Picture by Electric Brighton

There were other charge points that she could not access because ordinary cars were parked there as the spaces were not dedicated to electric cars.

She said: “It’s important at the moment as the government has announced it’s going to ban ordinary cars when the infrastructure is just not ready for it.”

Mrs Polizio-Broom said that the whole situation was a “logistical nightmare” as she had to drive around using up charge.

It was made harder because of the lack of off-road parking in the central areas of Brighton and Hove.

After managing to get a small amount of power so that she could drive to another charging station, she reached it only to find nothing there.

In the end her father-in-law came out to her from Coulsdon and she managed to get enough charge to return home.

She added: “People may say ‘she should have planned her journey better’ but it should not be this difficult.

“I won’t be visiting any time soon.”

Mrs Politzio-Broom’s friend, Christina Motture, of Sackville Road, Hove, was deeply disappointed that her home city had let her friend down.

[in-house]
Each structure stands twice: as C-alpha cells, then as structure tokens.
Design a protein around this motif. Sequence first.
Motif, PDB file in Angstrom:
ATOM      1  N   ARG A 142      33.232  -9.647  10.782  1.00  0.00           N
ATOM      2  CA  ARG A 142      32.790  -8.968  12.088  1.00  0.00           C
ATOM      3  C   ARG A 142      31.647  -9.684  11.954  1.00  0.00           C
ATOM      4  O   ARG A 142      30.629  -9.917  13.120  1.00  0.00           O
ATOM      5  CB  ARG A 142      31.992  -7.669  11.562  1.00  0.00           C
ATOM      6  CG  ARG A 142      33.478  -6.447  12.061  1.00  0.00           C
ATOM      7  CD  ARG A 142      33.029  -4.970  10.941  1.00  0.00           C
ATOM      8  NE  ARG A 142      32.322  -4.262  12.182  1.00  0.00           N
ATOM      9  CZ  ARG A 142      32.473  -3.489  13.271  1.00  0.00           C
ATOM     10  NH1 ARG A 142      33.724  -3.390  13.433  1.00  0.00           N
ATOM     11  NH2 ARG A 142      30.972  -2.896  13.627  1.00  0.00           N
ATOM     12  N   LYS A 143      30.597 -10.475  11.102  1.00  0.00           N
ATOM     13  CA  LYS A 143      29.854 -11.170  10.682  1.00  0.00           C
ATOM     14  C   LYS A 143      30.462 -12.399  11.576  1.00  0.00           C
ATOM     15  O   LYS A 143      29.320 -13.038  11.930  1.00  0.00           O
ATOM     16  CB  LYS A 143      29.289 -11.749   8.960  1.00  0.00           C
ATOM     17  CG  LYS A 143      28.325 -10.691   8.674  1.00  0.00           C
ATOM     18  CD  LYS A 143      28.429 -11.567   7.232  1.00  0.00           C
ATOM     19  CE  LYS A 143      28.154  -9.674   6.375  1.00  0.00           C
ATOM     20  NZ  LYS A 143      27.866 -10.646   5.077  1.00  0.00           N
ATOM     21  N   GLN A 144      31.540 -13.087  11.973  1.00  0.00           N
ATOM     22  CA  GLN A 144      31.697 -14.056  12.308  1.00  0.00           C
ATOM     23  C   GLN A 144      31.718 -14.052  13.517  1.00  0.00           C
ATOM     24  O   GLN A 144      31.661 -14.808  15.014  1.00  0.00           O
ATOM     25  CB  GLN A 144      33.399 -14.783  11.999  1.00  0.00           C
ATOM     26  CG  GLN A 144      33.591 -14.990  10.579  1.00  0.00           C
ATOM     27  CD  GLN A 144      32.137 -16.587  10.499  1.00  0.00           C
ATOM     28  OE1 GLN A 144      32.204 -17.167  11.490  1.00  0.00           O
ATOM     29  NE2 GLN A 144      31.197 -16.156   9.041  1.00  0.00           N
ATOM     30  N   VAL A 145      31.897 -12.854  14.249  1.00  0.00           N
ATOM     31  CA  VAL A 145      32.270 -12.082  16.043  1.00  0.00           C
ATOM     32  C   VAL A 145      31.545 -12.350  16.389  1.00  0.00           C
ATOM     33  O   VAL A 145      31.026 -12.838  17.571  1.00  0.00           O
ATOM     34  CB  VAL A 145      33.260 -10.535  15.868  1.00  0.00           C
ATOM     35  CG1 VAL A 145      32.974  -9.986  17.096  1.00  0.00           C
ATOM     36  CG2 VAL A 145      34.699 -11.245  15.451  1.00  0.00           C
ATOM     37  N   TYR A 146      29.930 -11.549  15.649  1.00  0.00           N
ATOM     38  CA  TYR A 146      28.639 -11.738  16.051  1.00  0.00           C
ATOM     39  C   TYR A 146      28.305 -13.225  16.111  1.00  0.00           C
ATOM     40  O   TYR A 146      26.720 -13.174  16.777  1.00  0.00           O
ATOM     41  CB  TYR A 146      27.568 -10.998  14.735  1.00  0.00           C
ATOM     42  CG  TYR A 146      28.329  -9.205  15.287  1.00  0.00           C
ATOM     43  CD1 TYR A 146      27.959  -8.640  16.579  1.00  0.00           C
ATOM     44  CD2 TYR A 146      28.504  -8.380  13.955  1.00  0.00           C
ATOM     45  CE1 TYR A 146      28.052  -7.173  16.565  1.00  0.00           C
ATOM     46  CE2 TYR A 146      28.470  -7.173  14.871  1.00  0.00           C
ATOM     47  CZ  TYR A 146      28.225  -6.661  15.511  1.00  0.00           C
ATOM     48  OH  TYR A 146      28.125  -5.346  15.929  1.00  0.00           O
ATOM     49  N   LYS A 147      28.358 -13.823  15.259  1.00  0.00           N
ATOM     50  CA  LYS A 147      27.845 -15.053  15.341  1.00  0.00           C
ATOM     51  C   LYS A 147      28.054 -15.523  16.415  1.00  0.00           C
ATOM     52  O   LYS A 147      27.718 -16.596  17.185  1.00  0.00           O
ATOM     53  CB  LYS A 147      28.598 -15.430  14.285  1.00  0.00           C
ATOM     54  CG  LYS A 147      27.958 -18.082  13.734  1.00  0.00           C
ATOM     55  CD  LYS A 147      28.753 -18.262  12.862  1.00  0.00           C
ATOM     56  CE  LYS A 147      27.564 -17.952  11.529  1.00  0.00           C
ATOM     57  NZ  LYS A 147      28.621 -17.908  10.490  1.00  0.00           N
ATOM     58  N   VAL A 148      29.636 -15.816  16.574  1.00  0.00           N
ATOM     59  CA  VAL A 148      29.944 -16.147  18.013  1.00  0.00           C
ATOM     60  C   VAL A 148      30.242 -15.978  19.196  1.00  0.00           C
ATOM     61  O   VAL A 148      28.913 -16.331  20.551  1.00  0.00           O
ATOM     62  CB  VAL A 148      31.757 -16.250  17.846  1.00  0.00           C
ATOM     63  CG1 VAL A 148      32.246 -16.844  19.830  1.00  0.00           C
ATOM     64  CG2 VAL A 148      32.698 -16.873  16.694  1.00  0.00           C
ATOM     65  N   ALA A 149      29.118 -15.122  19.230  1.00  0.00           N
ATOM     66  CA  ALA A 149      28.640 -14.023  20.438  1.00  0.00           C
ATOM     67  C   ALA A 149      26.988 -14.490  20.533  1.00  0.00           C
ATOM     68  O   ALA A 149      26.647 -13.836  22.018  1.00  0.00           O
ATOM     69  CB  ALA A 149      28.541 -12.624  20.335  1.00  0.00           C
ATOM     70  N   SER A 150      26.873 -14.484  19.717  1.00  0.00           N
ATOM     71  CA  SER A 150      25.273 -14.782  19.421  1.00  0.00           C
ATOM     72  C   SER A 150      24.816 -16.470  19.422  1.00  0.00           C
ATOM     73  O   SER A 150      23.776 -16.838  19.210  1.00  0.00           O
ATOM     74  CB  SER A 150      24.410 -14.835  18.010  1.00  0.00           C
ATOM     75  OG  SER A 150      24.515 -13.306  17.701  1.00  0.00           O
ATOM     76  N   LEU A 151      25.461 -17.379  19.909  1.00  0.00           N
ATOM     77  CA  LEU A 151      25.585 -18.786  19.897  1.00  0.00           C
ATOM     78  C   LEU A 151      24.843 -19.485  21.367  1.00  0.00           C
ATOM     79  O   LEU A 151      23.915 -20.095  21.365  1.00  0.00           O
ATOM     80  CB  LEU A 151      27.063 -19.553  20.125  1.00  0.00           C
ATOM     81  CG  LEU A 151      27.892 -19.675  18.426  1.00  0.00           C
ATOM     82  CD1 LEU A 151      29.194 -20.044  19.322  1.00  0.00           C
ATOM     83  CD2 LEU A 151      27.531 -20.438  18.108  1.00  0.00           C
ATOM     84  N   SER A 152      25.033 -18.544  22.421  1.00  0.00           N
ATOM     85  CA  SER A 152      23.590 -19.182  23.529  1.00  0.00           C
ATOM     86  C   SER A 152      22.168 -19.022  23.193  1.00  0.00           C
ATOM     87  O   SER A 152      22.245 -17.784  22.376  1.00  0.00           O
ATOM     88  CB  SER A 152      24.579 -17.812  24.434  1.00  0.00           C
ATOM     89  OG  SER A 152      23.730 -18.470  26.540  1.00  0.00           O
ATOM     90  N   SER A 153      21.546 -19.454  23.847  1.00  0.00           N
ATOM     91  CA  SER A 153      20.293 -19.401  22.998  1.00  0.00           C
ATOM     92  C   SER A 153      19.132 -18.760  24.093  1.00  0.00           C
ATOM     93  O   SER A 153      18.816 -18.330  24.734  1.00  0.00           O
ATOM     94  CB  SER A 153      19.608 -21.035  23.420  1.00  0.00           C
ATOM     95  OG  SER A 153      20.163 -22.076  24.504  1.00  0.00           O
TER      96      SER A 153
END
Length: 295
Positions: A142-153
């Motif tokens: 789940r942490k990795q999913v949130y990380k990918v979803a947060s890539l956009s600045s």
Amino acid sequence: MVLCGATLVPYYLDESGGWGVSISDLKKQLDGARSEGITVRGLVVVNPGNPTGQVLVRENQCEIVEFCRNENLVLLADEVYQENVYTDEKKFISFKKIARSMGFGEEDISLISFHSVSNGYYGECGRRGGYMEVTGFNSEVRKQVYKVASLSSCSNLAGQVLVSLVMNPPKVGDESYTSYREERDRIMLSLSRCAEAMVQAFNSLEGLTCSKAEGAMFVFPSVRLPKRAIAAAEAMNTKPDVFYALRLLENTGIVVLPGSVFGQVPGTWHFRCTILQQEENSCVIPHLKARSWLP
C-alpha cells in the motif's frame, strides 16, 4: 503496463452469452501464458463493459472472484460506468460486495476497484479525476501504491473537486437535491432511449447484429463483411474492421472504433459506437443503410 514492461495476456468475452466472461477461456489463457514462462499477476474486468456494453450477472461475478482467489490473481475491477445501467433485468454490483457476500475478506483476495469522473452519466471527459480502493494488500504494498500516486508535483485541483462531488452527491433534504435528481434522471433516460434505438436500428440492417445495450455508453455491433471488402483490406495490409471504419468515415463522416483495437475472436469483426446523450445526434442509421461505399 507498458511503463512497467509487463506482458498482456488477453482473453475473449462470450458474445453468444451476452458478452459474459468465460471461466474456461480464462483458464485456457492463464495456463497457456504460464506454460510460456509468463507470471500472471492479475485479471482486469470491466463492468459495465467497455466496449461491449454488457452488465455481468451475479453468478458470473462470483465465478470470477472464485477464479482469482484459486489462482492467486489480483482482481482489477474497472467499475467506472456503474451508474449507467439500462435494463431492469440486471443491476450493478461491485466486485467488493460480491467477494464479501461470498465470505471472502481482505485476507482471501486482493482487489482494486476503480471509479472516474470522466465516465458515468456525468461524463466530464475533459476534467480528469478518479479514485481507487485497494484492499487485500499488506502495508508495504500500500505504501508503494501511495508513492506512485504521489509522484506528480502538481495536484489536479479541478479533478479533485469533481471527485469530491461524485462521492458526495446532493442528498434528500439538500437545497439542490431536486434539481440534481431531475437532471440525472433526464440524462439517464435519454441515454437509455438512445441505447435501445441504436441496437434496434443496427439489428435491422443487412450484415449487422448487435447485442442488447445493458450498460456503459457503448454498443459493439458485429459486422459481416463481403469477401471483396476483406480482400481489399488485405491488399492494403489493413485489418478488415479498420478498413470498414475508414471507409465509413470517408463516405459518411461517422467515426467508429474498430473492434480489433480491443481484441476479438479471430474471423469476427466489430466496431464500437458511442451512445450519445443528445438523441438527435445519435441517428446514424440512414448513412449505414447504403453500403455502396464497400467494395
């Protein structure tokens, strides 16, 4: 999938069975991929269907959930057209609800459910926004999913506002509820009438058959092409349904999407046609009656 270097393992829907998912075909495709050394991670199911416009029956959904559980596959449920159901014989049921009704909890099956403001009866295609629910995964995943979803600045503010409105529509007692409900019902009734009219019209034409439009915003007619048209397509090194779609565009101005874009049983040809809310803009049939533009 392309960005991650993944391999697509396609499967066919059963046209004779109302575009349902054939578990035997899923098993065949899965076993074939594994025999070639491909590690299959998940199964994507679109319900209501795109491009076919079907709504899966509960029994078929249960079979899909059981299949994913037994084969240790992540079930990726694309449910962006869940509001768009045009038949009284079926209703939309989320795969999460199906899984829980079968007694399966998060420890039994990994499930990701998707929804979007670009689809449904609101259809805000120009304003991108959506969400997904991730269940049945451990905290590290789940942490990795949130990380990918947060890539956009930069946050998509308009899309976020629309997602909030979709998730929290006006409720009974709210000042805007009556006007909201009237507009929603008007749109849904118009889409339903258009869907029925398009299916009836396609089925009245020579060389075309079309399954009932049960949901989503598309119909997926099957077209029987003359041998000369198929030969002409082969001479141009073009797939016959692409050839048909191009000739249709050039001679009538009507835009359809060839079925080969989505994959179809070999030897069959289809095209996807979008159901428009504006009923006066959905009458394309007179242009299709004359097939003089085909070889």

Mrs Motture said that she was mortified for her friend,adding: “I thought we were a green city. I thought we were geared up for this.

“In the future, I assumed it would be an option to have an electric car without having a driveway but I don’t see it as a possibility now..

“I live in a terrace house and cannot cable out on to the street. I know I can’t do it at home. Now I know I wouldn’t bother to do it elsewhere.

“I didn’t realise you could have a lamppost charger that any other car can park in front of. What’s the point of that?”

In the past four years, demand for electric vehicles has increased nationally from 3,500 in 2013 to more than 145,000 by April 2019.